Advances in diagnosis, prevention, and management of hepatic allograft rejection

Russell H. Wiesner

Research output: Contribution to journalArticle

23 Citations (Scopus)

Abstract

Despite recent improvements in immunosuppressive therapy, hepatic allograft rejection remains a major cause of morbidity and late graft loss in patients undergoing liver transplantation. Although some biochemical tests suggest hepatic allograft damage, the gold standard for defining rejection remains based on morphologic findings. Acute cellular rejection usually occurs within the first 3 weeks posttransplantation and the incidence varies between 40% and 70%. Ductopenic rejection occurs in 5-10% of patients undergoing initial liver transplantation and usually occurs between 6 weeks and 6 months after the procedure. Induction and maintenance of immunosuppression with triple-drug therapy (cyclosporine, prednisone, and azathioprine) and other combinations that include antilymphocyte preparations have led to an overall decrease in the incidence of both cellular and ductopenic rejection. In addition, the availability of FK506 as a rescue therapy has saved grafts in some patients experiencing chronic (ductopenic) rejection. Overall, the correlation between the degree of biochemical liver dysfunction and the presence and severity of histologic rejection remains poor. Histologic severity of rejection, however, suggests which patients will require more immunosuppressive therapy and which patients may need antilymphocyte therapy to control the rejection episode. Some rejection episodes remain resistant to all known therapy and eventually lead to graft loss. New immunosuppressive agents and regimens are needed to improve graft and patient survival, decrease the incidence of cellular and ductopenic rejection, minimize drug-related side effects and complications, and reduce the high cost of immunosuppressive therapy.

Original languageEnglish (US)
Pages (from-to)2174-2185
Number of pages12
JournalClinical Chemistry
Volume40
Issue number11 II
StatePublished - 1994

Fingerprint

Immunosuppressive Agents
Grafts
Allografts
Liver
Transplantation (surgical)
Transplants
Drug therapy
Liver Transplantation
Incidence
Azathioprine
Tacrolimus
Therapeutics
Prednisone
Cyclosporine
Availability
Graft Survival
Drug-Related Side Effects and Adverse Reactions
Immunosuppression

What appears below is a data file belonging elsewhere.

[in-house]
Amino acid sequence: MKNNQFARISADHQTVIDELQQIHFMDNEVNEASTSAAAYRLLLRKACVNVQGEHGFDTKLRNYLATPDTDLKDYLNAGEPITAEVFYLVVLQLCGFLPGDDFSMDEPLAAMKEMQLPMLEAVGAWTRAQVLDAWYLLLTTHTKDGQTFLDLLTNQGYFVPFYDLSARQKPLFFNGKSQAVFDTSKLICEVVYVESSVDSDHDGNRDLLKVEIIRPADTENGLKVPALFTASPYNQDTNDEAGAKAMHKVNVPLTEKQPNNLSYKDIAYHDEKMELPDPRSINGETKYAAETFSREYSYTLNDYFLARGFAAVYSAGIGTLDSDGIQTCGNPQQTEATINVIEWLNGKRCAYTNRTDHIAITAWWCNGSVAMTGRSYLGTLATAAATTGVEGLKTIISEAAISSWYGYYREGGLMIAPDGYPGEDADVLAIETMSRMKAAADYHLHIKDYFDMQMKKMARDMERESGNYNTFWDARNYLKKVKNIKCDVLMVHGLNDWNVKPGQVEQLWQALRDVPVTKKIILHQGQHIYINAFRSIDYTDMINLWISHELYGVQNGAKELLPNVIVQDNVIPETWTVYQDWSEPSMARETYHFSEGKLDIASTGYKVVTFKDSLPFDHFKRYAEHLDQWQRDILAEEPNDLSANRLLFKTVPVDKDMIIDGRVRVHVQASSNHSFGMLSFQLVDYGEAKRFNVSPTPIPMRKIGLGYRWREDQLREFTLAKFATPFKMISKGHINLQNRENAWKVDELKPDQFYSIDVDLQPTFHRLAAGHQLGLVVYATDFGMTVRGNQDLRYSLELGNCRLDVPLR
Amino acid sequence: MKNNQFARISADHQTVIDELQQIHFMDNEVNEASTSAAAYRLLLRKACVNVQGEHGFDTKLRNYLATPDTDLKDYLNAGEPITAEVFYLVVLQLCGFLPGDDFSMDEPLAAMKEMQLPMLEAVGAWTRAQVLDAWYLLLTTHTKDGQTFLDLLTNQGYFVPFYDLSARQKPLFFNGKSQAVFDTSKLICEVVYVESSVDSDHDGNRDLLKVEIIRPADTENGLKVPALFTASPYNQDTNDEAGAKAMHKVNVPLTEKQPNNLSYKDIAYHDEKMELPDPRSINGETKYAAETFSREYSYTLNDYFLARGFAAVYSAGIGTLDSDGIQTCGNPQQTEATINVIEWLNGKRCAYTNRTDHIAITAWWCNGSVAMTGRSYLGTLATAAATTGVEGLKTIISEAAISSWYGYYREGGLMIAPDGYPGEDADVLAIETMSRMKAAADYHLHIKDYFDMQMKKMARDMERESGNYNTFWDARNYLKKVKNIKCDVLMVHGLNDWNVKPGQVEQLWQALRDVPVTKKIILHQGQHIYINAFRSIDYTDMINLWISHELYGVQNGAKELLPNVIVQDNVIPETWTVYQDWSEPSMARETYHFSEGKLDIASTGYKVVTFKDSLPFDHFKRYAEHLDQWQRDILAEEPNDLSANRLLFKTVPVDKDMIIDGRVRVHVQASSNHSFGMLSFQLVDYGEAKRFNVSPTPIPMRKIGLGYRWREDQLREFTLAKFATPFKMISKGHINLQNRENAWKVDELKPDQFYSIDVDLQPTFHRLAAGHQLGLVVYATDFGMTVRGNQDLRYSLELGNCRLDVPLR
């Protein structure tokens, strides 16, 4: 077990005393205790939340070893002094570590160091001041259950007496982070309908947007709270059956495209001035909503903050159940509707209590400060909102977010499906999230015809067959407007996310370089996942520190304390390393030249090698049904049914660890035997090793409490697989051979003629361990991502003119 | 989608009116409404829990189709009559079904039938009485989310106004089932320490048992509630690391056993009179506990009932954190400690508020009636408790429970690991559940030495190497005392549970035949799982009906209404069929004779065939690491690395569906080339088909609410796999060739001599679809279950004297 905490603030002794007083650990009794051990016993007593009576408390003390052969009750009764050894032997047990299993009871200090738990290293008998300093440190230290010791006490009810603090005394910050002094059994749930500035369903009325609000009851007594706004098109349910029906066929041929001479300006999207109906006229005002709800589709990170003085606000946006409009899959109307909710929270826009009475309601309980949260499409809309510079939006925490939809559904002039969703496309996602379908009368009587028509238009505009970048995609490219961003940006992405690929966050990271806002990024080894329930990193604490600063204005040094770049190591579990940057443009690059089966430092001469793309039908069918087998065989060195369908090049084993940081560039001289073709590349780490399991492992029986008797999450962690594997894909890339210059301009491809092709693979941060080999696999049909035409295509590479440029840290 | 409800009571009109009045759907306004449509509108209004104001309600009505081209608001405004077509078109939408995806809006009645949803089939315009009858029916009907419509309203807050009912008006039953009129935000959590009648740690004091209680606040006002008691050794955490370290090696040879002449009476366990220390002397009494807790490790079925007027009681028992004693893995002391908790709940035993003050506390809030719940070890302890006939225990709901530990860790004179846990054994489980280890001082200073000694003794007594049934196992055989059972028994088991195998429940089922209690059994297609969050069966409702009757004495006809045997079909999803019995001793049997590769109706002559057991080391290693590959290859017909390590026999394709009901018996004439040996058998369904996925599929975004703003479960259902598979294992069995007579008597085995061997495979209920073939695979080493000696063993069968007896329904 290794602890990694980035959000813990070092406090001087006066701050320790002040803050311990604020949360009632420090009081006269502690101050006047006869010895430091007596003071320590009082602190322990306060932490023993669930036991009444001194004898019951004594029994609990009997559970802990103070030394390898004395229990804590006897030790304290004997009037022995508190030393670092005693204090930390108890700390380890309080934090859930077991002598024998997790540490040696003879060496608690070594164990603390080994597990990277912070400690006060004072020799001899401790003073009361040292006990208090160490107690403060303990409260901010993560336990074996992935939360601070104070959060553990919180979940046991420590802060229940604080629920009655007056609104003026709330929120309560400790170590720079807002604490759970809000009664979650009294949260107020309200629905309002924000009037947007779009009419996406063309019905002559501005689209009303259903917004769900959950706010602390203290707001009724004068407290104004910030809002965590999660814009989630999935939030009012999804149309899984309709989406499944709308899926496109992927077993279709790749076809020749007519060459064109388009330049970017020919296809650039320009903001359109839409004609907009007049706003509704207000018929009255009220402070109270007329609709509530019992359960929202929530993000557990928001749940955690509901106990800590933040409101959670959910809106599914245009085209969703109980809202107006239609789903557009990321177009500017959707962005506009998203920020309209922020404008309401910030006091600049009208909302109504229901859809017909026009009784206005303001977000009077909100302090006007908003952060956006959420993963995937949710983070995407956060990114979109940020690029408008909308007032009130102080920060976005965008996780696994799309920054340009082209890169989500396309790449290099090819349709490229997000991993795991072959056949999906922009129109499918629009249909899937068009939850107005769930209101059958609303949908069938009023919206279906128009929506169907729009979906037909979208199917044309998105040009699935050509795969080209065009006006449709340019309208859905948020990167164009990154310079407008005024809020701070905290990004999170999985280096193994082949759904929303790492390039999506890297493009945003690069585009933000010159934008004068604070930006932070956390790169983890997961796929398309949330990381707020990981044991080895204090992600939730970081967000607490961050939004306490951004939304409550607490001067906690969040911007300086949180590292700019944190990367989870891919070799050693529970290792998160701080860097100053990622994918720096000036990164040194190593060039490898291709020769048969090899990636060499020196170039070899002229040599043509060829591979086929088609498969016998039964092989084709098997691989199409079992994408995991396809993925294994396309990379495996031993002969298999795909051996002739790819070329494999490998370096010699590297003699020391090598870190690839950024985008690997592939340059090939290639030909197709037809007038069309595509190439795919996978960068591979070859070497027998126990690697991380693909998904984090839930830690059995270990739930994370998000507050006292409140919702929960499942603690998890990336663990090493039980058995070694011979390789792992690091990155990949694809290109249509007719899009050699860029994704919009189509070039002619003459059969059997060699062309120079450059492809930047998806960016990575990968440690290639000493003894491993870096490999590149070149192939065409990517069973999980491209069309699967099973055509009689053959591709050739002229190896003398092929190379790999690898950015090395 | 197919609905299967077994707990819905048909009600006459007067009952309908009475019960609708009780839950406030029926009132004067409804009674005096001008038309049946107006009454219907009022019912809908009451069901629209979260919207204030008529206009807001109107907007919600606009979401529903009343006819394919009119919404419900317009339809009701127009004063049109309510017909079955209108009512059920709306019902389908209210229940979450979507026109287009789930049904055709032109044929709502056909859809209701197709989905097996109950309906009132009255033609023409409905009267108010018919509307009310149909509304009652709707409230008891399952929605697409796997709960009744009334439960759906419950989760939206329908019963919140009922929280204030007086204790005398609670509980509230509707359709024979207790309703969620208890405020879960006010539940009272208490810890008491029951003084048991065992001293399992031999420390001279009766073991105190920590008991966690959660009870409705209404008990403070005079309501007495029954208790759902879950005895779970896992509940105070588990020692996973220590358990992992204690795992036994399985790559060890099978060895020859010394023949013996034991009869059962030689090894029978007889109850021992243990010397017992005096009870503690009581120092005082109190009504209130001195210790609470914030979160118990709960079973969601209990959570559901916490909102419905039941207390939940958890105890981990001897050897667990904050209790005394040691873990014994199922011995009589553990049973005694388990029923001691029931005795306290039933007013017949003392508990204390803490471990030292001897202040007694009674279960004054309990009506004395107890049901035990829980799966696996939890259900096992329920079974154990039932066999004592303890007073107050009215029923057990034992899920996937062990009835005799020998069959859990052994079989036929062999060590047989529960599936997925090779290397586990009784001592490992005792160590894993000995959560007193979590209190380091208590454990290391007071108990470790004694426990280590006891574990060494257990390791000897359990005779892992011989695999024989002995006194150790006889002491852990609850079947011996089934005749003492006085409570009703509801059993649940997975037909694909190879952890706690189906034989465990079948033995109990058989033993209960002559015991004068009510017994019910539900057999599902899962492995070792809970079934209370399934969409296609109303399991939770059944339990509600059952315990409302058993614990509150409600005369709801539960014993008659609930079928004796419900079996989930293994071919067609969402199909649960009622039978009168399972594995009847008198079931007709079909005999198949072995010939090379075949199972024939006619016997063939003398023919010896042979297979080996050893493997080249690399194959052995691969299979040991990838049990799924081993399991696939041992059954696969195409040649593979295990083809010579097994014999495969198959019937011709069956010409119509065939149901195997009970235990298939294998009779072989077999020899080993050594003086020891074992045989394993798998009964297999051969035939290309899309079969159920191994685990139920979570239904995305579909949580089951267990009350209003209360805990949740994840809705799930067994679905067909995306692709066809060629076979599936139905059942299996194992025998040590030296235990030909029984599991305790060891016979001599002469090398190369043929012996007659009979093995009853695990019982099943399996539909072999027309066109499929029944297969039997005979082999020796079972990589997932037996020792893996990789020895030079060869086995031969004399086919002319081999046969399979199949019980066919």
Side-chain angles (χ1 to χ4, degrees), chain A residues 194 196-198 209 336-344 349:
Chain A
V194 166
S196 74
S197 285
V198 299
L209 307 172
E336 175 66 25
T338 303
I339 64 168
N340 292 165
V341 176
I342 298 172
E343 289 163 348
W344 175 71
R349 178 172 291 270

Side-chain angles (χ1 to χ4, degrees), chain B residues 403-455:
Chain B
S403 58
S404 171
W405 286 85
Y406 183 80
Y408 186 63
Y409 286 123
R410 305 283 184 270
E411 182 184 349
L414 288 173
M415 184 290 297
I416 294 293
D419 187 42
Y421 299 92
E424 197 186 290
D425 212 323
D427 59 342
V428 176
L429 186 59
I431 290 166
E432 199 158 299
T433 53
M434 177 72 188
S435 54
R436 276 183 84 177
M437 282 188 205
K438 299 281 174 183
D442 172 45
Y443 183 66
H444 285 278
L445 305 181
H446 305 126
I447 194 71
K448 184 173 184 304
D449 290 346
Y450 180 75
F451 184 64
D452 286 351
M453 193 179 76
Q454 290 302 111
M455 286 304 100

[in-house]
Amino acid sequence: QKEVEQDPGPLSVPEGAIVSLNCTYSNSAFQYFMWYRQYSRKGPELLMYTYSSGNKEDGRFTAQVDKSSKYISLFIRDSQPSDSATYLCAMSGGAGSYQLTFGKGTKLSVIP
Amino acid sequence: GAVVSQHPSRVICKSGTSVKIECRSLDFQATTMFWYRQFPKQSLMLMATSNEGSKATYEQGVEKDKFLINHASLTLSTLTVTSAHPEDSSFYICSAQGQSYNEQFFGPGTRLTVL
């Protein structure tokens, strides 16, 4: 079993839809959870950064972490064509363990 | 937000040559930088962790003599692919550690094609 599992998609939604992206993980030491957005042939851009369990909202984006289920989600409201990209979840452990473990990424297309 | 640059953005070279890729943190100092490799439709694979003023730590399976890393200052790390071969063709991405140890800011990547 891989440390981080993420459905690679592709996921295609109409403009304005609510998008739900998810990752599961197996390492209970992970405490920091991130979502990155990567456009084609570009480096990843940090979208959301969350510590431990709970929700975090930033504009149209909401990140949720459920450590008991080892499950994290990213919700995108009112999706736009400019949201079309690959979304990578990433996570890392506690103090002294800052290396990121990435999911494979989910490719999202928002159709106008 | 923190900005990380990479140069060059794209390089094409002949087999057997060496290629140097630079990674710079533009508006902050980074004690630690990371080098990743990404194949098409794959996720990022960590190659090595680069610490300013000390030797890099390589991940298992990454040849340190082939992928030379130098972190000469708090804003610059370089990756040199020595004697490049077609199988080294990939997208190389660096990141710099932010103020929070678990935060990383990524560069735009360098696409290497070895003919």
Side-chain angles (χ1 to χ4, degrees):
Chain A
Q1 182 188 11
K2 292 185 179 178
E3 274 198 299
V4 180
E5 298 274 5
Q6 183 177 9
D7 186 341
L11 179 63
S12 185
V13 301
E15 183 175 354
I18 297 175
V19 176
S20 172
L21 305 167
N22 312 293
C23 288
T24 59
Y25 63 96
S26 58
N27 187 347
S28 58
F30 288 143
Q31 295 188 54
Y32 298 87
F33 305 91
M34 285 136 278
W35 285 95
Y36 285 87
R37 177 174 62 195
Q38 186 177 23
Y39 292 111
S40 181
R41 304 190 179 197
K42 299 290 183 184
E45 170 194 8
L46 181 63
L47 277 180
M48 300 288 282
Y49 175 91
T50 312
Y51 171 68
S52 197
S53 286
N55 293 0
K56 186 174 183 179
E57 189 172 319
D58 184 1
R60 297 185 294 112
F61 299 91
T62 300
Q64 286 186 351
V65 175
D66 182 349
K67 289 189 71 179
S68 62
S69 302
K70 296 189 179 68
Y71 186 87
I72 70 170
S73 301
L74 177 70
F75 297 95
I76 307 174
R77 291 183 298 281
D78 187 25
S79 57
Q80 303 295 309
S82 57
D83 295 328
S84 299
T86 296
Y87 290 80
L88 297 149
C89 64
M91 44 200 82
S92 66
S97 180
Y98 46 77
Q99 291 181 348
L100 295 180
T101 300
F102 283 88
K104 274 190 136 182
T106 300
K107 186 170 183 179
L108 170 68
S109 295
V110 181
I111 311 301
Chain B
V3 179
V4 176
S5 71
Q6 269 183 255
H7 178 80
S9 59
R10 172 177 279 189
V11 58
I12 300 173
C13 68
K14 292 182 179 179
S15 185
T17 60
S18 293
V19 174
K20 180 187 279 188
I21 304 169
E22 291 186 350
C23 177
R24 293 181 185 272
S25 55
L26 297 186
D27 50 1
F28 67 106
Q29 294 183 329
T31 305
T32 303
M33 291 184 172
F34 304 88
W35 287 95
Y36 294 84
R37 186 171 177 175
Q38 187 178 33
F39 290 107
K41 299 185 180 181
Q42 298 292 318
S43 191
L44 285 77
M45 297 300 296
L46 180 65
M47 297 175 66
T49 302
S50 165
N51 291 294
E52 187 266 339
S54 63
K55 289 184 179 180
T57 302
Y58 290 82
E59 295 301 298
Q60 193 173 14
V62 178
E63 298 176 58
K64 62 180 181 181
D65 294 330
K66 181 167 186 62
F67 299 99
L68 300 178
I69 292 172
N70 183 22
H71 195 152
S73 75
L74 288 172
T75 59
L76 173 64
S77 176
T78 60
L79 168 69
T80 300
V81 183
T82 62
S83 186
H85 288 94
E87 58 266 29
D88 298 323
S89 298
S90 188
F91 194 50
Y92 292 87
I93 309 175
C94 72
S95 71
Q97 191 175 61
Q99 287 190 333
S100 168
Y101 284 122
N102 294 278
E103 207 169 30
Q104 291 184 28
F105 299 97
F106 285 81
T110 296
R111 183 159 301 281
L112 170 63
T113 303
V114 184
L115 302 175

Liver Diseases
Maintenance

ASJC Scopus subject areas

  • Clinical Biochemistry

Cite this

Advances in diagnosis, prevention, and management of hepatic allograft rejection. / Wiesner, Russell H.

In: Clinical Chemistry, Vol. 40, No. 11 II, 1994, p. 2174-2185.

Research output: Contribution to journalArticle

Wiesner, Russell H. / Advances in diagnosis, prevention, and management of hepatic allograft rejection. In: Clinical Chemistry. 1994 ; Vol. 40, No. 11 II. pp. 2174-2185.
@article{1fa99c7b0a0a40a79b9bfc35bf120975,
title = "Advances in diagnosis, prevention, and management of hepatic allograft rejection",
abstract = "Despite recent improvements in immunosuppressive therapy, hepatic allograft rejection remains a major cause of morbidity and late graft loss in patients undergoing liver transplantation. Although some biochemical tests suggest hepatic allograft damage, the gold standard for defining rejection remains based on morphologic findings. Acute cellular rejection usually occurs within the first 3 weeks posttransplantation and the incidence varies between 40{\%} and 70{\%}. Ductopenic rejection occurs in 5-10{\%} of patients undergoing initial liver transplantation and usually occurs between 6 weeks and 6 months after the procedure. Induction and maintenance of immunosuppression with triple-drug therapy (cyclosporine, prednisone, and azathioprine) and other combinations that include antilymphocyte preparations have led to an overall decrease in the incidence of both cellular and ductopenic rejection. In addition, the availability of FK506 as a rescue therapy has saved grafts in some patients experiencing chronic (ductopenic) rejection. Overall, the correlation between the degree of biochemical liver dysfunction and the presence and severity of histologic rejection remains poor. Histologic severity of rejection, however, suggests which patients will require more immunosuppressive therapy and which patients may need antilymphocyte therapy to control the rejection episode. Some rejection episodes remain resistant to all known therapy and eventually lead to graft loss. New immunosuppressive agents and regimens are needed to improve graft and patient survival, decrease the incidence of cellular and ductopenic rejection, minimize drug-related side effects and complications, and reduce the high cost of immunosuppressive therapy.",